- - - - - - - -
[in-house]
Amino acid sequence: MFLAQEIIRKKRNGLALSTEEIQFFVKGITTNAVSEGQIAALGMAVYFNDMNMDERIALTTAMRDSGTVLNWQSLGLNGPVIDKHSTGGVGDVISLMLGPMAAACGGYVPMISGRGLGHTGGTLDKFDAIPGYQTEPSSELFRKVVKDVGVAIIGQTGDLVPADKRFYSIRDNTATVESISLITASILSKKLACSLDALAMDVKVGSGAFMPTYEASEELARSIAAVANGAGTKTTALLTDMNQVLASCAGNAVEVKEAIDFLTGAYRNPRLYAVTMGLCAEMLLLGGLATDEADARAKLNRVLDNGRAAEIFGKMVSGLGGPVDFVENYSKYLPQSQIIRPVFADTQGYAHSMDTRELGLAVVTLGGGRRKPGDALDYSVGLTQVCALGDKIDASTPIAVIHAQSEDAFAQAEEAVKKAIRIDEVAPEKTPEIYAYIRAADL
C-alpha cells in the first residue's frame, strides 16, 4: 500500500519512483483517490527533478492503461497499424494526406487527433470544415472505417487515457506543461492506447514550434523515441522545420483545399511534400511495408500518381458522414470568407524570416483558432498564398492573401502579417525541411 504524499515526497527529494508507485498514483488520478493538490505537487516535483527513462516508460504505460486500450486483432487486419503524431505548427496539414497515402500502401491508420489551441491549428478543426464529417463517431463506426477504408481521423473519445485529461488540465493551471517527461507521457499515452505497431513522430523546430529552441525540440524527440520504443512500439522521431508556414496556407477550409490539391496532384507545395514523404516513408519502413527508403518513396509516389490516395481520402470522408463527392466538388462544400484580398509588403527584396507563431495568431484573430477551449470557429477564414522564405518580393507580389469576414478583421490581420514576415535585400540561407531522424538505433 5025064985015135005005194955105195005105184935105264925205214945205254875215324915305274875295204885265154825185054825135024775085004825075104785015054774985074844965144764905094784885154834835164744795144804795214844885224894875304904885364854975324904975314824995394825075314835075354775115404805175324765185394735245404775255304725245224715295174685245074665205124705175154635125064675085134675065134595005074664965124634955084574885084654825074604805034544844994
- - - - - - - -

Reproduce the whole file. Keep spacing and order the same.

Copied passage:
[in-house]
Amino acid sequence: MFLAQEIIRKKRNGLALSTEEIQFFVKGITTNAVSEGQIAALGMAVYFNDMNMDERIALTTAMRDSGTVLNWQSLGLNGPVIDKHSTGGVGDVISLMLGPMAAACGGYVPMISGRGLGHTGGTLDKFDAIPGYQTEPSSELFRKVVKDVGVAIIGQTGDLVPADKRFYSIRDNTATVESISLITASILSKKLACSLDALAMDVKVGSGAFMPTYEASEELARSIAAVANGAGTKTTALLTDMNQVLASCAGNAVEVKEAIDFLTGAYRNPRLYAVTMGLCAEMLLLGGLATDEADARAKLNRVLDNGRAAEIFGKMVSGLGGPVDFVENYSKYLPQSQIIRPVFADTQGYAHSMDTRELGLAVVTLGGGRRKPGDALDYSVGLTQVCALGDKIDASTPIAVIHAQSEDAFAQAEEAVKKAIRIDEVAPEKTPEIYAYIRAADL
C-alpha cells in the first residue's frame, strides 16, 4: 500500500519512483483517490527533478492503461497499424494526406487527433470544415472505417487515457506543461492506447514550434523515441522545420483545399511534400511495408500518381458522414470568407524570416483558432498564398492573401502579417525541411 504524499515526497527529494508507485498514483488520478493538490505537487516535483527513462516508460504505460486500450486483432487486419503524431505548427496539414497515402500502401491508420489551441491549428478543426464529417463517431463506426477504408481521423473519445485529461488540465493551471517527461507521457499515452505497431513522430523546430529552441525540440524527440520504443512500439522521431508556414496556407477550409490539391496532384507545395514523404516513408519502413527508403518513396509516389490516395481520402470522408463527392466538388462544400484580398509588403527584396507563431495568431484573430477551449470557429477564414522564405518580393507580389469576414478583421490581420514576415535585400540561407531522424538505433 5025064985015135005005194955105195005105184935105264925205214945205254875215324915305274875295204885265154825185054825135024775085004825075104785015054774985074844965144764905094784885154834835164744795144804795214844885224894875304904885364854975324904975314824995394825075314835075354775115404805175324765185394735245404775255304725245224715295174685245074665205124705175154635125064675085134675065134595005074664965124634955084574885084654825074604805034544844994